> testing all the CLI parsing still works correctly.  xfs_quota, as
> usual, will be the problem child that causes us lots of pain here.
> 
> I'm not planning on doing all this in the near future, so I did the
> next best thing that would only affect xfs_io behaviour. i.e.
> directly manipulate the exitcode as many of the existing xfs_io
> commands already do.
> 

Sure, I don't dispute the broader work required to fix everything up
properly and I don't take issue with modifying exitcode directly in
principle. I just don't see how any of this necessitates breaking the
chained command case for the those commands that we are trying to fix
up, particularly when the problem seems easily avoidable. See below for
a tweak to the fadvise example..

(I notice that I mistakenly dropped the return code from
command_usage(), but you get the idea (and it hardcodes to 0)).

Brian

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Comments

Dave Chinner Dec. 8, 2017, 10:52 p.m. UTC | #1
On Fri, Dec 08, 2017 at 09:15:06AM -0500, Brian Foster wrote:
> On Fri, Dec 08, 2017 at 10:46:31AM +1100, Dave Chinner wrote:
> > On Thu, Dec 07, 2017 at 09:05:20AM -0500, Brian Foster wrote:
> > > On Wed, Dec 06, 2017 at 11:26:38AM +1100, Dave Chinner wrote:
> > > > On Wed, Dec 06, 2017 at 08:18:50AM +1100, Dave Chinner wrote:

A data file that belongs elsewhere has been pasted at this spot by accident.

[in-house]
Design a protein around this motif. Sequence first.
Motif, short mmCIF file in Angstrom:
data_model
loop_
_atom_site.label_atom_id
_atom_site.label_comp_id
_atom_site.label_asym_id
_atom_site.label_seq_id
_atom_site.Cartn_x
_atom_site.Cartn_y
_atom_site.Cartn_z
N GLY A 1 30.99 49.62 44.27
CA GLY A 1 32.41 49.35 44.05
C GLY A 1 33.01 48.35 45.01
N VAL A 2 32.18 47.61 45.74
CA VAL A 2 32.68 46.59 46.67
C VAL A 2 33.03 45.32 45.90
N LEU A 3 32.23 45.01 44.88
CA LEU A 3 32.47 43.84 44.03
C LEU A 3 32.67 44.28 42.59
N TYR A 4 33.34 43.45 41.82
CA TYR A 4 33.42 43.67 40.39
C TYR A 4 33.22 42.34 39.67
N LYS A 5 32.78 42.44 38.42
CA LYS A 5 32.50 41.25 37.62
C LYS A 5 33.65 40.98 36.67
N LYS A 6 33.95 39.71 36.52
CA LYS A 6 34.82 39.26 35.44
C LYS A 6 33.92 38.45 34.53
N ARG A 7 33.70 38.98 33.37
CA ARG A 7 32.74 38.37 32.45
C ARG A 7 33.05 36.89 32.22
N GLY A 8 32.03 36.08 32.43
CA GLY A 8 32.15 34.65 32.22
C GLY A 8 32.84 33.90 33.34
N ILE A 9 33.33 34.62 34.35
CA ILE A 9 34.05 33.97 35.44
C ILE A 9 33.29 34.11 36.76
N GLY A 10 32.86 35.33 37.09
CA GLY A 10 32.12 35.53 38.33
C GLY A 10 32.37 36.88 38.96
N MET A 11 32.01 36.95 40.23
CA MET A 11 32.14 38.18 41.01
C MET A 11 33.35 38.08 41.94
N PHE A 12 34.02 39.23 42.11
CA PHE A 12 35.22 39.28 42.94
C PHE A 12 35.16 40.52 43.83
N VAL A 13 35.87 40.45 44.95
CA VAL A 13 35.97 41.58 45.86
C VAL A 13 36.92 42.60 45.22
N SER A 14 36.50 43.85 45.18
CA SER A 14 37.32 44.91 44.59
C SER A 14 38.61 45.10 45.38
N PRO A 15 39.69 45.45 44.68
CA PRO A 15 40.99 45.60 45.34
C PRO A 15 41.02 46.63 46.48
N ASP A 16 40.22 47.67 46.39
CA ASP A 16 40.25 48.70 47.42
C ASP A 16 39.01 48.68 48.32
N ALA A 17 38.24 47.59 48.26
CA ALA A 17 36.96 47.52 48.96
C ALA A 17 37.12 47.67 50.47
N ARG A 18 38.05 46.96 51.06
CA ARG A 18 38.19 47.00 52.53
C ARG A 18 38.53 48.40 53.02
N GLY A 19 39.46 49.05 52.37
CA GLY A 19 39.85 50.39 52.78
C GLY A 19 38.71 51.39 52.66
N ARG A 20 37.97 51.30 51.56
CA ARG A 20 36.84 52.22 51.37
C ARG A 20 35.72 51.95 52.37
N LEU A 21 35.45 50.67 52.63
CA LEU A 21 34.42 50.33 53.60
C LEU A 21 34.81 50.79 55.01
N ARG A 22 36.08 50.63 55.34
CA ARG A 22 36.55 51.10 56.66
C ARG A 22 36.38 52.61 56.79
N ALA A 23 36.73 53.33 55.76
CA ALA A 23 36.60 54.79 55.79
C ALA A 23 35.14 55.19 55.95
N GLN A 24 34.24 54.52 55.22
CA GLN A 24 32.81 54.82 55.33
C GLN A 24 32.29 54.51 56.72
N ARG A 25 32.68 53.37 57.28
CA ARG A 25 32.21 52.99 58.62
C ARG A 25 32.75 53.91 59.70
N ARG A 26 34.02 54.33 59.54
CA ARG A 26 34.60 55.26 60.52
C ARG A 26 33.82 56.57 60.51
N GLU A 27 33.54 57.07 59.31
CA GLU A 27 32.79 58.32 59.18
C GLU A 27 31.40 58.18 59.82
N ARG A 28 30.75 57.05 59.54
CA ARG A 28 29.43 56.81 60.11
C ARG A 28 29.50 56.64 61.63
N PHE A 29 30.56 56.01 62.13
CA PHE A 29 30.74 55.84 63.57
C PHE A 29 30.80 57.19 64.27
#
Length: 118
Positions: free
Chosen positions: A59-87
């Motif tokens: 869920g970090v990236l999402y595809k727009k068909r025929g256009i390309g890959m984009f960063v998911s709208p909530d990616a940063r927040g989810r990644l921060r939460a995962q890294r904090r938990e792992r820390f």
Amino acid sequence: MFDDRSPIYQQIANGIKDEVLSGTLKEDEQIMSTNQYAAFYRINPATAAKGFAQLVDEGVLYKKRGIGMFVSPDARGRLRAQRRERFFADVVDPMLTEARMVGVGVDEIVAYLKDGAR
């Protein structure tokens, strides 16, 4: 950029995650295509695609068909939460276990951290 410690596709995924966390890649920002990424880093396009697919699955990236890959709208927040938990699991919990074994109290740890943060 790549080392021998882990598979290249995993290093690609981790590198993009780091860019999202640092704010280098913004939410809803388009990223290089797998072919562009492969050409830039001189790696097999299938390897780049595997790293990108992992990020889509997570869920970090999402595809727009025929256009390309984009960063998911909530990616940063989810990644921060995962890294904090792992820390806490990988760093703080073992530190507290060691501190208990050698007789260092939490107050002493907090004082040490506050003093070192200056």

> > > > > On Tue, Dec 05, 2017 at 04:23:43PM +0200, Ari Sundholm wrote:
> > > > > > On 12/05/2017 12:28 AM, Dave Chinner wrote:
> > > > > > >On Thu, Nov 30, 2017 at 04:21:47PM +0200, Ari Sundholm wrote:
> > > ...
> > > > 
> > > > xfs_io: set exitcode on failure appropriately
> > > > 
> > > > From: Dave Chinner <dchinner@redhat.com>
> > > > 
> > > > Many operations don't set the exitcode when they fail, resulting
> > > > in xfs_io exiting with a zero (no failure) exit code despite the
> > > > command failing and returning an error. Fix this.
> > > > 
> > > > Signed-Off-By: Dave Chinner <dchinner@redhat.com>
> > > > ---
> > > ...
> > > > diff --git a/io/copy_file_range.c b/io/copy_file_range.c
> > > > index d1dfc5a5e33a..9b737eff4c02 100644
> > > > --- a/io/copy_file_range.c
> > > > +++ b/io/copy_file_range.c
> > > > @@ -92,6 +92,7 @@ copy_range_f(int argc, char **argv)
> > > >  	int ret;
> > > >  	int fd;
> > > >  
> > > > +	exitcode = 1;
> > > >  	while ((opt = getopt(argc, argv, "s:d:l:")) != -1) {
> > > >  		switch (opt) {
> > > >  		case 's':
> > > > @@ -132,6 +133,8 @@ copy_range_f(int argc, char **argv)
> > > >  
> > > >  	ret = copy_file_range(fd, &src, &dst, len);
> > > >  	close(fd);
> > > > +	if (ret >= 0)
> > > > +		exitcode = 0;
> > > 
> > > I don't think it's appropriate to blindly overwrite the global exitcode
> > > value like this. What about the case where multiple commands are chained
> > > together? Should we expect an error code if any of the commands failed
> > > or only the last?
> > > 
> > > For example:
> > > 
> > >   xfs_io -c "pwrite ..." <file>
> > > 
> > > ... returns an error if the write fails, while:
> > > 
> > >   xfs_io -c "pwrite ..." -c "fadvise ..." <file>
> > > 
> > > ... would never so long as the fadvise succeeds.
> > 
> > Yup, I mentioned that this would be a problem on IRC. The patch fixes
> > the interactive and the single command cases, but won't work for
> > chained commands as you rightly point out.
> >